• What heat source (fuel) is available? Typical choices include natural gas, liquefied petroleum (propane or butane) gas, diesel and electricity.
  • What is the cost of each fuel per million BTUs? Electric is the most expensive many parts of the country.

All fuels can be rated in dollars per BTU. For the last several years, in my experience, the best value has been natural gas. Given that, it is worth considering for most applications. If it is not available at your plant, how far away is a main line? What would the gas company charge to run a new line to your facility? In most cases, the utility company can provide a proposal. However, it will be up to you to do the math that will reveal how quickly the new gas line will pay back for the cost of installation.

If a natural gas main line is nowhere near you, liquefied natural gas (LNG) or compressed natural gas (CNG) may be the next best option. It is available in some areas and growing all the time. In most instances, LNG or CNG is around double the cost per BTU over pipeline natural gas. That said, often, it is less costly than the other fuels.

If natural gas is simply not available, the next best choice is usually liquefied petroleum gas (LP), which includes both propane and butane. For the large quantities that are needed to fire boilers and heaters, only propane is available in the United States.

The use of diesel fuel may be limited by local air quality regulations. Be sure and check with the local Department of Environment Quality (DEQ). Also, burning any fuel may have restrictions on the amount of nitrous oxide (NOX) gas that can be produced from any fuel-burning equipment.

If burning diesel is allowed in your area, it usually is less costly per BTU than electric power. If the cost is close (and it usually is), LP gas usually is preferable over diesel (see sidebar). Diesel requires a pump and filter to deliver the fuel to the boiler/heater, and the pump and filter require constant maintenance. The oil burner is more complex and requires more regular maintenance than a gas burner. Any gas — natural or LP — burns more cleanly than any oil, making it easier to keep the burner in tune. If the cost is anywhere close, gas usually is preferable to oil for a heat source in a boiler or heater.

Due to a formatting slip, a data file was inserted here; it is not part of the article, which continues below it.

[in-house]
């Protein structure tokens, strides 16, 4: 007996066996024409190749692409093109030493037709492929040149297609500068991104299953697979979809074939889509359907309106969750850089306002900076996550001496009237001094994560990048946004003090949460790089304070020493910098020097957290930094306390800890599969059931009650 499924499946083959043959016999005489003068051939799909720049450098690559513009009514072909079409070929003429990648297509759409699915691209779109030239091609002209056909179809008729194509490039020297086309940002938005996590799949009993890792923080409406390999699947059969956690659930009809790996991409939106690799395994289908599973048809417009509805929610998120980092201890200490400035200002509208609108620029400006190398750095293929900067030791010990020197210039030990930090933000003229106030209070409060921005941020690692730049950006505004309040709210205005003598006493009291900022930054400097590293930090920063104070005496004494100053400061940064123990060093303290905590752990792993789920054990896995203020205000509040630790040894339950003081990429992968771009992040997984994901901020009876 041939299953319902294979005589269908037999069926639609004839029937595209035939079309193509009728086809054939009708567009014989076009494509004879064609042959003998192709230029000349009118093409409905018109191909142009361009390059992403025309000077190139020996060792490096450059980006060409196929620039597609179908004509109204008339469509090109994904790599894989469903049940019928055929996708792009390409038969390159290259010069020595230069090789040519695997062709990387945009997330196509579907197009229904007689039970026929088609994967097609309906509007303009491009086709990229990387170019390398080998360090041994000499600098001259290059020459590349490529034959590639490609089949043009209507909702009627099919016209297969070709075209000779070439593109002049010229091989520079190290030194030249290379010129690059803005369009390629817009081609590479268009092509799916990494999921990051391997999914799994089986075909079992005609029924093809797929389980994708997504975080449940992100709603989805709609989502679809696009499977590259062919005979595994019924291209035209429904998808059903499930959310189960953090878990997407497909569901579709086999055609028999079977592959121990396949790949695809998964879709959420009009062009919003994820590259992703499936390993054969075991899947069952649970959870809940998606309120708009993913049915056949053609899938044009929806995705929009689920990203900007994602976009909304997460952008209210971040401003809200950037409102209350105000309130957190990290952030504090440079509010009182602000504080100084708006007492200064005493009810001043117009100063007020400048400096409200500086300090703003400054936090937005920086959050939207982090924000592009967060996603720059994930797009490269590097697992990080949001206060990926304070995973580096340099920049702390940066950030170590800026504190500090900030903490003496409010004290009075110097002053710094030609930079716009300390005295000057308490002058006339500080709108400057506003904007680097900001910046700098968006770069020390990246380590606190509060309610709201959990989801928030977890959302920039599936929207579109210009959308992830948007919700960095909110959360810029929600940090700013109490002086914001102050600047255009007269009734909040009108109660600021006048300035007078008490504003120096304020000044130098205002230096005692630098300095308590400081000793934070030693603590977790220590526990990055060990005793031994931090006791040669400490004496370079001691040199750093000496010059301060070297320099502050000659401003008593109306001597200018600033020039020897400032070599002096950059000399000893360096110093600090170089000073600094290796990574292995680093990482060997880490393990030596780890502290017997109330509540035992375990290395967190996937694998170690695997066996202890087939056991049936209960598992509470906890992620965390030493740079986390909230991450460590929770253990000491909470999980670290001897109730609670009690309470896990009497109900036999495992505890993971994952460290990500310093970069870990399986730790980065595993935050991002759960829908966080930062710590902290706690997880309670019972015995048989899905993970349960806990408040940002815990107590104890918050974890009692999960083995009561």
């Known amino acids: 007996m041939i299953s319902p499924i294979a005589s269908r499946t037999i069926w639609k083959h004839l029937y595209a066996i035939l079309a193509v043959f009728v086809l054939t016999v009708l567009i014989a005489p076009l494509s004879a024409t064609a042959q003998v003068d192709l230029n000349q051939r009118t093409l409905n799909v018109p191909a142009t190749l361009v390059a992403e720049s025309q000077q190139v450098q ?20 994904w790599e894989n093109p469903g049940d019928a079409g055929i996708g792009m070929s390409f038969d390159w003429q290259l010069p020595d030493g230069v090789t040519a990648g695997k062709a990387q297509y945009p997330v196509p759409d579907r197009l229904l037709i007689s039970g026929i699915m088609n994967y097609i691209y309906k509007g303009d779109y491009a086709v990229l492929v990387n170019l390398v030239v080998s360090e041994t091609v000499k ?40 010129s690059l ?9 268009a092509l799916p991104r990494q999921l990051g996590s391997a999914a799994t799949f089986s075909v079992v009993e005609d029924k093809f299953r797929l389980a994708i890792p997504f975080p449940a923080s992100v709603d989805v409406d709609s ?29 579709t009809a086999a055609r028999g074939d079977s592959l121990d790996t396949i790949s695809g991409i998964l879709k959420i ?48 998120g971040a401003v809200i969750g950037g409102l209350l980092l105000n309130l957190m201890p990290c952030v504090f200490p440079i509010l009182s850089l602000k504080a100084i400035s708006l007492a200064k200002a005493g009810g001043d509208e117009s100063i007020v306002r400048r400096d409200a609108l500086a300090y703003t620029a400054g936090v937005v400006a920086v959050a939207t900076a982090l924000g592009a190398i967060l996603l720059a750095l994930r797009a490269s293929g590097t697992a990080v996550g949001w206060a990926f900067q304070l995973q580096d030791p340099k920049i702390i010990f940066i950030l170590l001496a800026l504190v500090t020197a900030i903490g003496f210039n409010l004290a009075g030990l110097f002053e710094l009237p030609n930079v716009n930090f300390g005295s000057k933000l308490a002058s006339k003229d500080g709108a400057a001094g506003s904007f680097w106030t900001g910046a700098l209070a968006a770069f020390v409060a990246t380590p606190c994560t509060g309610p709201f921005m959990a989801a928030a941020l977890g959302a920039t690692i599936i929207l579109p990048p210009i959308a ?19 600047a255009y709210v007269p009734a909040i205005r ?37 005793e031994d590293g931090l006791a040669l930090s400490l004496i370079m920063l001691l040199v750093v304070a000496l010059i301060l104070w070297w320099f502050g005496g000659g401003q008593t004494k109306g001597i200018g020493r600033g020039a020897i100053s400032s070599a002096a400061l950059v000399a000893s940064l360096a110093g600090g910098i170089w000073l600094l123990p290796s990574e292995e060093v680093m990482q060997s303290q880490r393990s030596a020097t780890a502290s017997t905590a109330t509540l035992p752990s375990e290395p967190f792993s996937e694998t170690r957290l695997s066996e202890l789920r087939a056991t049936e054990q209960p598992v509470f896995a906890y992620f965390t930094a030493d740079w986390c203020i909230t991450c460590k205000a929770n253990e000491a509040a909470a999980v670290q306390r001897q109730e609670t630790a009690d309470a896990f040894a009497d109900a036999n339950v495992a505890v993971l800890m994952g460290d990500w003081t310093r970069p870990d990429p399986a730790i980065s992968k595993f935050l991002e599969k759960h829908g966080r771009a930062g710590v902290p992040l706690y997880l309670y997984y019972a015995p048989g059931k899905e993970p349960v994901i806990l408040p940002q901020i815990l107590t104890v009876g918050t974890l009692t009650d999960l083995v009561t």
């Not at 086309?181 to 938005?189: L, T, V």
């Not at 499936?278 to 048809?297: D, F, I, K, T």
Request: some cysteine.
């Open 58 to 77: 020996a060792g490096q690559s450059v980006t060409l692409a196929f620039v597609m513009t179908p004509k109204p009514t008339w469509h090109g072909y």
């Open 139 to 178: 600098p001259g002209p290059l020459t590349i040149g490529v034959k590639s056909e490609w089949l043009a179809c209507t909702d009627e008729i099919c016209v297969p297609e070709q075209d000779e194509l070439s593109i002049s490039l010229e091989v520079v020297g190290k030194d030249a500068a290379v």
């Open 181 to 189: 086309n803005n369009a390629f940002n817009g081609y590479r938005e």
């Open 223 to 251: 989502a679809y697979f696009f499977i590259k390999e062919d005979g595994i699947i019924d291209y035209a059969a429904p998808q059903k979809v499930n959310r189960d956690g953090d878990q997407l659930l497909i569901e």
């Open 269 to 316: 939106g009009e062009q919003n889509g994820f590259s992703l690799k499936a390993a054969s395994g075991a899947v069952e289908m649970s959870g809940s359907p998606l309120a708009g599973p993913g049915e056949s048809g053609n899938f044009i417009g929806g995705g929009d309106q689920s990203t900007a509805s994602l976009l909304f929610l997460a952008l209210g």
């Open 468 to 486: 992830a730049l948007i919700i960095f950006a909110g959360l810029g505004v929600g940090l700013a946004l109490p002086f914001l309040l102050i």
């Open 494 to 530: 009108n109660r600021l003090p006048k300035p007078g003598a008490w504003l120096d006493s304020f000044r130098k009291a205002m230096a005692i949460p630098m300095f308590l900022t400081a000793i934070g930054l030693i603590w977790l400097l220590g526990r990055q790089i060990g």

The next step is determining which equipment and options will deliver the best efficiency and produce the most heat for the least investment.

Understanding Boiler Efficiency

Just as automobiles have varying gas mileage depending upon the size of vehicle, every size of boiler or heater will have varying degrees of efficiency. So, just what is “efficiency?” While it is easy to compare the gas mileage of automobiles, in boilers and heaters, efficiency is determined by how much heat is delivered to the process when compared with how much heat was put into the burner (or heat producer) of the boiler or heater.

This is determined using a formula: output over input equals percent of efficiency. For example, a boiler or heater with one million BTU/hr input (heat produced at the burner) with an output of 800,000 BTU/hr (heat delivered the process) has an efficiency of 80 percent. If you can increase the output of the unit without increasing the input, then you have increased the efficiency and saved money.

The efficiency number of 80 percent has been a standard in the boiler industry for years. Efficiency was not of much concern in oil heaters until recent years. Most thermal fluid heaters built before the year 2000 were 60 to 70 percent efficient.

Efficiency is one area that electric-powered boilers and heaters have an advantage. They are 100 percent efficient: for every kilowatt of heat that goes into the boiler or heater, it “all” stays there. By contrast, when using any carbon-based fuel, the burner uses the atmosphere to deliver oxygen to the combustion process. The atmosphere only contains 20.7 percent oxygen. The other 79.3 percent is nitrogen (and small amounts of other inert gases), which does not contribute anything to the heat. The inert gases must be heated in the burner, and whatever heat does not get transferred into the boiler or heater is discharged into the atmosphere.

See the followup to this article: Optimizing Efficiency for Boilers and Thermal Fluid Heaters

In conclusion, following this advice will prevent you from undersizing or oversizing and help you determine exactly what size boiler or heater is the best for the process.